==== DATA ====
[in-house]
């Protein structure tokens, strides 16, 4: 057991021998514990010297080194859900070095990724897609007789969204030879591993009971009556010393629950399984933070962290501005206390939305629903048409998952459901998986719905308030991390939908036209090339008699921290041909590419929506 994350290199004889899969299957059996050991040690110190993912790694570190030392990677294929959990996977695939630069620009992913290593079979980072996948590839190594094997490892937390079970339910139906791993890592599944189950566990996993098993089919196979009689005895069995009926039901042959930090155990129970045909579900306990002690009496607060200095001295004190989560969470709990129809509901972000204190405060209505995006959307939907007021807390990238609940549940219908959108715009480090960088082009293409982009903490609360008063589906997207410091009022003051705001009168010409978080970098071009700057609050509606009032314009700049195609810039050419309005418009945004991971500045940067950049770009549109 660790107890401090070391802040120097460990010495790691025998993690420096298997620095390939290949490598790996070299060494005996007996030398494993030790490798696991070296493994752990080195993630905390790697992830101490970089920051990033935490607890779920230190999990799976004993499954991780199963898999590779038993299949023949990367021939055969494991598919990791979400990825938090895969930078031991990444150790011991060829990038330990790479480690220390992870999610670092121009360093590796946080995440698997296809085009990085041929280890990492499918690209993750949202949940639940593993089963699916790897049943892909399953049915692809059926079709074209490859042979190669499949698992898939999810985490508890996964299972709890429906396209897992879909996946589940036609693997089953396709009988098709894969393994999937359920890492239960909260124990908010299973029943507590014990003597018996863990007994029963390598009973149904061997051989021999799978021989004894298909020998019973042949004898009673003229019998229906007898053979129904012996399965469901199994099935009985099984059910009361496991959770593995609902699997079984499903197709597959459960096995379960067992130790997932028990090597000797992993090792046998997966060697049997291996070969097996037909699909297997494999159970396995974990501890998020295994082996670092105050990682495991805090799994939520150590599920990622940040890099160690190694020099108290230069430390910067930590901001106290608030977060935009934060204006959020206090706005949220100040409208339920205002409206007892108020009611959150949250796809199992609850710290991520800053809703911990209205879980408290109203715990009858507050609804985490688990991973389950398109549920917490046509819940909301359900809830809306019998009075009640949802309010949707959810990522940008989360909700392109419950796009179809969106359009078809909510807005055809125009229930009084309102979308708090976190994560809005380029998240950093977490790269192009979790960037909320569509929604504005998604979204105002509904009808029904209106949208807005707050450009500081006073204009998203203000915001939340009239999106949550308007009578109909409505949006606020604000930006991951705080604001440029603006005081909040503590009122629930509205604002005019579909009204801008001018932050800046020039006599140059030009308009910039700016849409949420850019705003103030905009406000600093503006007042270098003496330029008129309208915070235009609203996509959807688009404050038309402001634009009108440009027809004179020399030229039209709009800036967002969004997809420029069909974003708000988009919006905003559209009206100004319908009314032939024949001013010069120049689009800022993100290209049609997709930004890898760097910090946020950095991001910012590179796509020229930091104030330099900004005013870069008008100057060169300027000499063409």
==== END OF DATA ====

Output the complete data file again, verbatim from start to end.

[in-house]
């Protein structure tokens, strides 16, 4: 057991021998514990010297080194859900070095990724897609007789969204030879591993009971009556010393629950399984933070962290501005206390939305629903048409998952459901998986719905308030991390939908036209090339008699921290041909590419929506 994350290199004889899969299957059996050991040690110190993912790694570190030392990677294929959990996977695939630069620009992913290593079979980072996948590839190594094997490892937390079970339910139906791993890592599944189950566990996993098993089919196979009689005895069995009926039901042959930090155990129970045909579900306990002690009496607060200095001295004190989560969470709990129809509901972000204190405060209505995006959307939907007021807390990238609940549940219908959108715009480090960088082009293409982009903490609360008063589906997207410091009022003051705001009168010409978080970098071009700057609050509606009032314009700049195609810039050419309005418009945004991971500045940067950049770009549109 660790107890401090070391802040120097460990010495790691025998993690420096298997620095390939290949490598790996070299060494005996007996030398494993030790490798696991070296493994752990080195993630905390790697992830101490970089920051990033935490607890779920230190999990799976004993499954991780199963898999590779038993299949023949990367021939055969494991598919990791979400990825938090895969930078031991990444150790011991060829990038330990790479480690220390992870999610670092121009360093590796946080995440698997296809085009990085041929280890990492499918690209993750949202949940639940593993089963699916790897049943892909399953049915692809059926079709074209490859042979190669499949698992898939999810985490508890996964299972709890429906396209897992879909996946589940036609693997089953396709009988098709894969393994999937359920890492239960909260124990908010299973029943507590014990003597018996863990007994029963390598009973149904061997051989021999799978021989004894298909020998019973042949004898009673003229019998229906007898053979129904012996399965469901199994099935009985099984059910009361496991959770593995609902699997079984499903197709597959459960096995379960067992130790997932028990090597000797992993090792046998997966060697049997291996070969097996037909699909297997494999159970396995974990501890998020295994082996670092105050990682495991805090799994939520150590599920990622940040890099160690190694020099108290230069430390910067930590901001106290608030977060935009934060204006959020206090706005949220100040409208339920205002409206007892108020009611959150949250796809199992609850710290991520800053809703911990209205879980408290109203715990009858507050609804985490688990991973389950398109549920917490046509819940909301359900809830809306019998009075009640949802309010949707959810990522940008989360909700392109419950796009179809969106359009078809909510807005055809125009229930009084309102979308708090976190994560809005380029998240950093977490790269192009979790960037909320569509929604504005998604979204105002509904009808029904209106949208807005707050450009500081006073204009998203203000915001939340009239999106949550308007009578109909409505949006606020604000930006991951705080604001440029603006005081909040503590009122629930509205604002005019579909009204801008001018932050800046020039006599140059030009308009910039700016849409949420850019705003103030905009406000600093503006007042270098003496330029008129309208915070235009609203996509959807688009404050038309402001634009009108440009027809004179020399030229039209709009800036967002969004997809420029069909974003708000988009919006905003559209009206100004319908009314032939024949001013010069120049689009800022993100290209049609997709930004890898760097910090946020950095991001910012590179796509020229930091104030330099900004005013870069008008100057060169300027000499063409």